She shook her head. “No, no you don’t need to do that,” she told Ruby softly. “I’m… I’m sorry. May I have the bottom bunk? The thought of sleeping in the air freaks me out.” Maybe that concession would help Ruby feel better after Weiss’ rudeness.
That apparently did the trick. Ruby’s ear-to-ear smile came back and her eyes lit up. “Sure thing! Do you need help getting your stuff set up? I don’t have much so I’ll be done quick.”
Weiss cringed at the thought of that. Unpacking was something she wanted to do herself. Organizing her belongings was something calming she was actually looking forward to.
“I’ll… let you know?” she hedged.
Ruby flashed her a big smile. “You got it, partner!” she chirped before bouncing over to her single suitcase and beginning to unpack.
It looked like Yang had a single large suitcase like her sister, and an additional large carry on bag that seemed to be filled entirely with hair care supplies. Blake had an extra suitcase, but it looked like it was mostly just used as a mobile library that she was now unloading into the small bookshelf.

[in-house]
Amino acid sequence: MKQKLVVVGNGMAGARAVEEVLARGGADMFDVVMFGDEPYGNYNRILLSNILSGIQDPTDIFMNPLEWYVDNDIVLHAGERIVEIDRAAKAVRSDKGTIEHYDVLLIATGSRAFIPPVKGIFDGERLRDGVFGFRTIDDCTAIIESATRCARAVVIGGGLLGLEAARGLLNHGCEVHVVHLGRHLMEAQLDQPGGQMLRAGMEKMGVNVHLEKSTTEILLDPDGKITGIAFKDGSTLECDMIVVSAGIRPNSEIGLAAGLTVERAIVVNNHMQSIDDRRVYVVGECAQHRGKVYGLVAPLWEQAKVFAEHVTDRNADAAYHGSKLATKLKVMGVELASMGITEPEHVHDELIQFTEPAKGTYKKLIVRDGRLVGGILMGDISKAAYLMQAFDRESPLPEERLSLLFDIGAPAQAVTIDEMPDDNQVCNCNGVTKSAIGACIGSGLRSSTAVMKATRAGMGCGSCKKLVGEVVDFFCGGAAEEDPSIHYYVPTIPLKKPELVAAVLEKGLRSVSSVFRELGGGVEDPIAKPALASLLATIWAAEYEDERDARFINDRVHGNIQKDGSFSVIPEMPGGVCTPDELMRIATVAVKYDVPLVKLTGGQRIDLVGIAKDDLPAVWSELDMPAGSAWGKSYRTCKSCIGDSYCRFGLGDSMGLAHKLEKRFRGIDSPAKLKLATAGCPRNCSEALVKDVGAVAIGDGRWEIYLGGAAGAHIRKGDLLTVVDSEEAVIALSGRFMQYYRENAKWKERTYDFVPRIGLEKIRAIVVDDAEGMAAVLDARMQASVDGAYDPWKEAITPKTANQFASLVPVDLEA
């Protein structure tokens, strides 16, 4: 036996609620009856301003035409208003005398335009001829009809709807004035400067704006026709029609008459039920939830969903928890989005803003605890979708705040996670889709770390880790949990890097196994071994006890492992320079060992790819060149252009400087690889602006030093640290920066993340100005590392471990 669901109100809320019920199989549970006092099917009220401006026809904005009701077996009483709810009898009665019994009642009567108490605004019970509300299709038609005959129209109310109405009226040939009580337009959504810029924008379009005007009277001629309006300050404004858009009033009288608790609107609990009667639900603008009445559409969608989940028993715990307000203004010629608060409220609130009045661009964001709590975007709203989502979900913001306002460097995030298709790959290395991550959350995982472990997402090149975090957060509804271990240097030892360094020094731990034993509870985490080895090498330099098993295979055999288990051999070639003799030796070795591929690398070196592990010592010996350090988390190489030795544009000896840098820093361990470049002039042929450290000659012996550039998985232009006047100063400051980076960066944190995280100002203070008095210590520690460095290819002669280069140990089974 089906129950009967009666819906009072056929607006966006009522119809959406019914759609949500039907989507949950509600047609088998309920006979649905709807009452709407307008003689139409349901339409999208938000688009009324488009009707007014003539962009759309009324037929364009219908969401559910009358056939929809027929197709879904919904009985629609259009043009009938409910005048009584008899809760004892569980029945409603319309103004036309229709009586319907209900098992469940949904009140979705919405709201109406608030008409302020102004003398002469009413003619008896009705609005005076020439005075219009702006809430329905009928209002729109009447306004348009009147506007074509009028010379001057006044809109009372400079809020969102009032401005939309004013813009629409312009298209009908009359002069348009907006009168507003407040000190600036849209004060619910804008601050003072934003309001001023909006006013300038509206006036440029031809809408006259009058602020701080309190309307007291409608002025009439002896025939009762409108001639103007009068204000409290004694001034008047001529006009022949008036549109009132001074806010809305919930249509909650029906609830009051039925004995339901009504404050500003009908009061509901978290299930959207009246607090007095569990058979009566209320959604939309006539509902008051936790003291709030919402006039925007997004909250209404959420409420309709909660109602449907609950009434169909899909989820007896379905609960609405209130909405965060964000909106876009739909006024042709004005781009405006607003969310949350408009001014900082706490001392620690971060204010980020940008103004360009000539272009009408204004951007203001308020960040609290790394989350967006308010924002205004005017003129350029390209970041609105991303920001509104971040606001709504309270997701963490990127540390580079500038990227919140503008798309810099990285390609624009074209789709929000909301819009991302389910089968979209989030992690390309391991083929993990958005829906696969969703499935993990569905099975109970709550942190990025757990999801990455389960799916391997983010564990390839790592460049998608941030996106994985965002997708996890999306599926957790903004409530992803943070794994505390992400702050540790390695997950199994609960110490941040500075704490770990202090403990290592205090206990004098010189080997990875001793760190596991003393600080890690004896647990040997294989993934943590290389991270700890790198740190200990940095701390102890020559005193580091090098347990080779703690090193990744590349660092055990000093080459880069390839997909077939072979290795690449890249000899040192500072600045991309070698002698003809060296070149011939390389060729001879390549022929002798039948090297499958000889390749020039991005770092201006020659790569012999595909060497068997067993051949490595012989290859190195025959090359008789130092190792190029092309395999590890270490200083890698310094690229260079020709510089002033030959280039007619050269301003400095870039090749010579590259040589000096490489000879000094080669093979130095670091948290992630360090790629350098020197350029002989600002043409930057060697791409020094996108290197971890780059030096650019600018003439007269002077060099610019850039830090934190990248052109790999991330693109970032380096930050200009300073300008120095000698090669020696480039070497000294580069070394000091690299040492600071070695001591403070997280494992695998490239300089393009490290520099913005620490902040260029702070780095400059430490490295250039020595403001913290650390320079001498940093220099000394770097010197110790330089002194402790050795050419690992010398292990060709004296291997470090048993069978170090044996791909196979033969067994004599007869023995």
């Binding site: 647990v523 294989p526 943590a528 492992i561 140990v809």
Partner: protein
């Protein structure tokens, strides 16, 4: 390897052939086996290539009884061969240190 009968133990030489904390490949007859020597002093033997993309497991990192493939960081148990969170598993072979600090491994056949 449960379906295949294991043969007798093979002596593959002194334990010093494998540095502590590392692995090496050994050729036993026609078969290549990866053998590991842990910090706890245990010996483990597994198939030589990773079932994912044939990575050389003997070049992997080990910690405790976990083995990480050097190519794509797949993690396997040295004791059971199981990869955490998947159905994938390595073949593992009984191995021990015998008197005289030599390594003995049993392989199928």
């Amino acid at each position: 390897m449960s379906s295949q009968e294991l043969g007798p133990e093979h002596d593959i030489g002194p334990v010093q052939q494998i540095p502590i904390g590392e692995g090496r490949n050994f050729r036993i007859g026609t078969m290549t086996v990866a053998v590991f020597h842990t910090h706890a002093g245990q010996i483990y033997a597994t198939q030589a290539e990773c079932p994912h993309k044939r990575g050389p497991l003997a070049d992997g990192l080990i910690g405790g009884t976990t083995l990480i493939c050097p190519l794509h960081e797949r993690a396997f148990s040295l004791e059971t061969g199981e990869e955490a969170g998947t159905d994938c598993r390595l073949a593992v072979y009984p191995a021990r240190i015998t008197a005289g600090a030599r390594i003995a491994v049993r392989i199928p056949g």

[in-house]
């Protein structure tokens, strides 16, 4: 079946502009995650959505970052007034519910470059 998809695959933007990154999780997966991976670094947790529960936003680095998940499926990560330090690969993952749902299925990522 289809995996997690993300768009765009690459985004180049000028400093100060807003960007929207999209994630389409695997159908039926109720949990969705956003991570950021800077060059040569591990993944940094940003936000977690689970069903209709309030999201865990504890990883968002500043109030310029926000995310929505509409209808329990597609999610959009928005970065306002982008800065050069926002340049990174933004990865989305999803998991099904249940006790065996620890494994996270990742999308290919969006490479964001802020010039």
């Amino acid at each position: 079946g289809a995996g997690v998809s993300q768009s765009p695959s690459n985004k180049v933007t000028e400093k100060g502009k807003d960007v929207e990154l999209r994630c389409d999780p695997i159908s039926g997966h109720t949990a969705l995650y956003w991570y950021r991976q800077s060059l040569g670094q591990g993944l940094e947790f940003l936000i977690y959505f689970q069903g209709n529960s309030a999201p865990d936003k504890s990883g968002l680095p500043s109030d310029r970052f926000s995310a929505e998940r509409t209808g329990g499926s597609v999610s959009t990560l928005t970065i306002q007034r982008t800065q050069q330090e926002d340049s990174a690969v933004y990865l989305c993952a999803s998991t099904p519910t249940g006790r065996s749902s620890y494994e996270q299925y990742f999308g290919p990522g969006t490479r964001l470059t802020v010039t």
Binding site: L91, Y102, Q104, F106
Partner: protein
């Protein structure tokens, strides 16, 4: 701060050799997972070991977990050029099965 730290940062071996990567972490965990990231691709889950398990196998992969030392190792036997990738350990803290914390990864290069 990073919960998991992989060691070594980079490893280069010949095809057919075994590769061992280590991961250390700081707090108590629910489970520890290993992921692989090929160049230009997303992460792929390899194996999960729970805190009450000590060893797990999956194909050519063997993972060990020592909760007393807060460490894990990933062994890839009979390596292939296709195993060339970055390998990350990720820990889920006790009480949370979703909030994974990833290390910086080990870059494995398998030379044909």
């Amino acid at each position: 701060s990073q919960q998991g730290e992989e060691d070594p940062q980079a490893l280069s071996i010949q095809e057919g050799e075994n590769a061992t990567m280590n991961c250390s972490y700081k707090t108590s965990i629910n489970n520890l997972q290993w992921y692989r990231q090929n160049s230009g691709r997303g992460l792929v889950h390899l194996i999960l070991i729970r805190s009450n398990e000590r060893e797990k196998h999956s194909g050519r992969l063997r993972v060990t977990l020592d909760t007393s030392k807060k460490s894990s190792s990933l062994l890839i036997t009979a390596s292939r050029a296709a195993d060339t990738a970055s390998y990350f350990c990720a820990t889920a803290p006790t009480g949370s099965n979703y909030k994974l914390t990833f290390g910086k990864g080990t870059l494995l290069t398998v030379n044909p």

Weiss glanced at her stack of seven massive, stainless steel suitcases. She’d thought she’d packed incredibly light, but now her stuff seemed… excessive compared to her teammates.
With a wad of clothes tangled up in her arms, Ruby dashed past Weiss to get to the closet with a rush of fragrant air and petals. Almost as soon as she was gone, she was back, unpacking and stacking what looked like comic books.
There’s no way she put those clothes away that fast, right?
Stalking back over to the closet, Weiss threw the door open in a huff. Sure enough, Ruby had just crammed her clothes into a couple of the cubbyholes meant for shoes and accessories.
Cool air and the scent of roses rolled into her gently from behind. “That’s me!”
Weiss turned to her teammate with a stomp of her heeled foot and pointed imperiously at the mess Ruby had left in their closet. “Do you find this acceptable?” If she was going to spend four years living with this dolt, Weiss needed to get her into shape as a livable roommate pronto.
Ruby looked at her crime, then at Weiss. Then again. And again. “Uh… Do you want them on, like, hangers or something?”
“Yes, Ruby!” She pointed at the hanger racks. “Day clothes go there.” She pointed at one of the two drawers on either side of the closet. “Pajamas and undergarments go there.” She pointed at the cubby holes currently stuffed with Ruby’s clothes. “Those are for shoes and jewelry stands.”
Ruby snickered behind her hand.